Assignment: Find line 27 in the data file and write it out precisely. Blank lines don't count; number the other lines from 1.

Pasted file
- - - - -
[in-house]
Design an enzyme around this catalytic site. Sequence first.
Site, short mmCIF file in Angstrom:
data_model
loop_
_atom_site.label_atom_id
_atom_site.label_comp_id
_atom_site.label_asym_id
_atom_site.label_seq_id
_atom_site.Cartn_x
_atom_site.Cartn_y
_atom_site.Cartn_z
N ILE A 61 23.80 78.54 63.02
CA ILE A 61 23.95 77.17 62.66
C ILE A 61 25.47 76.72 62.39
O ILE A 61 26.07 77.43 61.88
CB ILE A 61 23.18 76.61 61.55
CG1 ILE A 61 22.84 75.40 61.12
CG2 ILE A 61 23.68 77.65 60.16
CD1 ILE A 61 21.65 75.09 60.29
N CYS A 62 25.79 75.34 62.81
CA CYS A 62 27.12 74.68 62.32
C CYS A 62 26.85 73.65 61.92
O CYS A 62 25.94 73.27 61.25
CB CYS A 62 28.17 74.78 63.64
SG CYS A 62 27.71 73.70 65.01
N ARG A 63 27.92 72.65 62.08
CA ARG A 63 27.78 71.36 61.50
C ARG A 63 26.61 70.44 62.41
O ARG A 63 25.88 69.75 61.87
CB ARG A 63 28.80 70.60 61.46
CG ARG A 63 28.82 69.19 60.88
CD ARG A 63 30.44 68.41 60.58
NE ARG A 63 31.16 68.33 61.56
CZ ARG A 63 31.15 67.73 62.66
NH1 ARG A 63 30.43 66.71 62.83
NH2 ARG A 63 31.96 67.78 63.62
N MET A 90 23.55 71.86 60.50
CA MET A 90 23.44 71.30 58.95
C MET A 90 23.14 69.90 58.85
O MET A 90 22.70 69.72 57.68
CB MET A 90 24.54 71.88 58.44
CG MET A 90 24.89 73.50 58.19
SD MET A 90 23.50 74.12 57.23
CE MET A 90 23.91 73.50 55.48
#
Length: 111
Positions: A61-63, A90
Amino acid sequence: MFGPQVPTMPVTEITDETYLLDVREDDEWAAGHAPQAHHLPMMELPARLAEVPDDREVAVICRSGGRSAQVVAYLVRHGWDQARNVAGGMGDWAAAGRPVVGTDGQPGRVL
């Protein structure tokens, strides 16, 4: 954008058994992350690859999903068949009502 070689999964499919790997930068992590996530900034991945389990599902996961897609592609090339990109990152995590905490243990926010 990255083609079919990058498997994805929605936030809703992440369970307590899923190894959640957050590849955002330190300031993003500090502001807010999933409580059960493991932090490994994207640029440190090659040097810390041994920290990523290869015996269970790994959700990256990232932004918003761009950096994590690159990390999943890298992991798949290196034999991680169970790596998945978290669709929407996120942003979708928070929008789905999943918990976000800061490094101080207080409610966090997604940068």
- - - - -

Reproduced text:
N ARG A 63 27.92 72.65 62.08